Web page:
For the first three years the war was only spasmodic, interspersed with abortive attempts at a peace settlement. In the opening battle, at Edgehill during October 1642, the Royalists gained the advantage, and the Parliamentary army was forced to retreat towards London. This was followed by further minor victories for the Royalists but the situation quickly became confused and the refusal of hard-liners to negotiate a peace with Parliament eventually rebounded on them. The battle of Marston Moor in July 1644 brought about a devastating victory for the Parliamentary forces and the fall of York, which had been under siege. Further Parliamentary victories at Naseby and Langport in 1645 eventually led to the surrender of Charles to the Scots, who had allied themselves with Parliament.
Charles was handed over to the English and held prisoner while negotiations were conducted with Parliament about how the situation might be resolved. Then in 1648 came a second Civil War, with a series of Royalist rebellions and the invasion of a Scottish army in support of Charles after a series of intrigues. All were defeated by the strong Parliamentary forces. Angry at what was perceived as treachery, the army insisted that Charles be put on trial. Having been found guilty, Charles was executed on 30 January 1649. His son was immediately proclaimed king by the Scots as Charles II.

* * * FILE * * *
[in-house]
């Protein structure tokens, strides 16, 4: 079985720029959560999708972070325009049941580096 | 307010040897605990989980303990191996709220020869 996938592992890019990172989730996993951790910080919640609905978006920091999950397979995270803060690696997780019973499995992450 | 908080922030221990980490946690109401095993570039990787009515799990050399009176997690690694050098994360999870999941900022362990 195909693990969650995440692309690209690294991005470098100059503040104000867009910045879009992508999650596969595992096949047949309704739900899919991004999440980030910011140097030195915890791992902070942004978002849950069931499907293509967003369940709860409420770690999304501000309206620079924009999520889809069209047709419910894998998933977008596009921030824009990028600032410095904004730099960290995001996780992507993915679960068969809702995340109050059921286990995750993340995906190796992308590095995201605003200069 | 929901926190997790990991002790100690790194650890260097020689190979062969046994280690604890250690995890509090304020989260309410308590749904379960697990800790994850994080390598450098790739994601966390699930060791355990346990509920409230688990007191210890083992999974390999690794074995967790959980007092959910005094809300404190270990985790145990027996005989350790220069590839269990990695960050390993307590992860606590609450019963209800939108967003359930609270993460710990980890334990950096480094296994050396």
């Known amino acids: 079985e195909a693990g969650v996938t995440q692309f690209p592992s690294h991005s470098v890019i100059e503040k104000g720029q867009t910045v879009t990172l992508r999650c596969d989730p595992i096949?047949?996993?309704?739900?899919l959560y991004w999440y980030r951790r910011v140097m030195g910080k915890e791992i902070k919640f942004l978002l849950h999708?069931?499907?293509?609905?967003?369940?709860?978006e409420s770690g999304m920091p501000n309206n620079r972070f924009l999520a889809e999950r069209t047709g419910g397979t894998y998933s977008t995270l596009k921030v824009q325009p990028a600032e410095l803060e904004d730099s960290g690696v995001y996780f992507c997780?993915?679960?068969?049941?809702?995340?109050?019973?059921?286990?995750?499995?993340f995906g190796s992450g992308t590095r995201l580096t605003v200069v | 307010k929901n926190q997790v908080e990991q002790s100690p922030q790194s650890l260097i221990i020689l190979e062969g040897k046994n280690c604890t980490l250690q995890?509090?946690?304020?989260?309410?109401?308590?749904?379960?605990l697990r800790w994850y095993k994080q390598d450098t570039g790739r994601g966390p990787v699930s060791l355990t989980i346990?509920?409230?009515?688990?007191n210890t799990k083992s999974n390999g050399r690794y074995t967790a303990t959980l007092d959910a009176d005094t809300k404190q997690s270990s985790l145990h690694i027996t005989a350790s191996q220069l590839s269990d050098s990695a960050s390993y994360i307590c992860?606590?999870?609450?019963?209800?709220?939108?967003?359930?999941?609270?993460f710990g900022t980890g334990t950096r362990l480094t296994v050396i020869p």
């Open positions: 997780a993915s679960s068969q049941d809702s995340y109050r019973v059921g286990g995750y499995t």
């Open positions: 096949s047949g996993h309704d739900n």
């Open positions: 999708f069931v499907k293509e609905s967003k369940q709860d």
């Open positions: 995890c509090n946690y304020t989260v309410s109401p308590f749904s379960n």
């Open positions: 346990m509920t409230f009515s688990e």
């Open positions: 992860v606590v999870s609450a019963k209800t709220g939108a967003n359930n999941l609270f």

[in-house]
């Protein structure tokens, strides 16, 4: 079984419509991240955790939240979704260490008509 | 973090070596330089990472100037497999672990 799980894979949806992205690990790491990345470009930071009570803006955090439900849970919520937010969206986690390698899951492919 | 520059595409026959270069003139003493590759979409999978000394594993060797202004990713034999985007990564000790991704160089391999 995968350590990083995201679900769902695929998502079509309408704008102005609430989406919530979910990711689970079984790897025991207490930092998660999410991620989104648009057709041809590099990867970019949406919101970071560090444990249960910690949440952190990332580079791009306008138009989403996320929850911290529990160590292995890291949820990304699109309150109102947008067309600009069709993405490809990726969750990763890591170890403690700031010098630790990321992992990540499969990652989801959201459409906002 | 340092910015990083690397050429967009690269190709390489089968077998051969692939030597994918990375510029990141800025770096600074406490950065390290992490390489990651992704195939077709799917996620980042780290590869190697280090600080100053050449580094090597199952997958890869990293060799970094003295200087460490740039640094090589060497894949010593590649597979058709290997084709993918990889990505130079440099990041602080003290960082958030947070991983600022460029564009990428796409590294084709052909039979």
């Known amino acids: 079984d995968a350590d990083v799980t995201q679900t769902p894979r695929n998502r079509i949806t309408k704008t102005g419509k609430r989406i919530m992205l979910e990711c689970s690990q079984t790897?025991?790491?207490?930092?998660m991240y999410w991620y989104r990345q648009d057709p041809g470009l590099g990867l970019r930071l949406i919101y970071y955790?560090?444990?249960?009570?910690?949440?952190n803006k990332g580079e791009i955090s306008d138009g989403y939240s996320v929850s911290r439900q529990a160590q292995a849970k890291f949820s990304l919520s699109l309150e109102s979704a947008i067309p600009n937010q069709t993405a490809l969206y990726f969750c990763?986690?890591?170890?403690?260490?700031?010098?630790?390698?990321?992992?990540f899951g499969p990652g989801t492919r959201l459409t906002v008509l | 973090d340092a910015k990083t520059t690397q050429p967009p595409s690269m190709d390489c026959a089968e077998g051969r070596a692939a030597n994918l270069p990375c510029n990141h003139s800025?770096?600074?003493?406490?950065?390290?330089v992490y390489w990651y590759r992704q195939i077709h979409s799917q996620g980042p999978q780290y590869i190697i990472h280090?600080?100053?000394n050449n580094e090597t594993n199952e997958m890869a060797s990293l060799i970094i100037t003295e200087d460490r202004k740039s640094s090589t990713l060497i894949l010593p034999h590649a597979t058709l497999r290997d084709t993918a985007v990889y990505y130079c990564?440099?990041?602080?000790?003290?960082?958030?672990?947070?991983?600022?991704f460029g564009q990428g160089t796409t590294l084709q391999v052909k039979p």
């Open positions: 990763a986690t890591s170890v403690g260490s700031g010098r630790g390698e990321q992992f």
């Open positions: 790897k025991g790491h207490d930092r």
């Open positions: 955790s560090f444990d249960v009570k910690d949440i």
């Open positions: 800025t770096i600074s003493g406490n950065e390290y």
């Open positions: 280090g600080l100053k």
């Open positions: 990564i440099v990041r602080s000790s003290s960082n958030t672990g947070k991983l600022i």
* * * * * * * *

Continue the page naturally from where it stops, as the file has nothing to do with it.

During the next two years Oliver Cromwell, who had emerged as the new leader of the army, was engaged in putting down rebellions in Scotland and Ireland. He defeated the Scots army at Dunbar in September 1650 but Charles II had invaded deep into England and it was to be another year before Cromwell could finally beat him at the battle of Worcester. Despite being hunted for nearly seven weeks Charles II finally managed to escape to France.
The period of Parliamentary rule was termed the Commonwealth. Tensions grew with the army under Cromwell until he dismissed Parliament and took control himself as Lord Protector. After his death in 1658, his son Richard ruled instead, with notable lack of success, and circumstances began to favour a restoration of the monarchy. Charles II made clear his desire for reconciliation in the Declaration of Breda, April 1660. In May 1660 Parliament proclaimed Charles II king and he returned to England a few days later.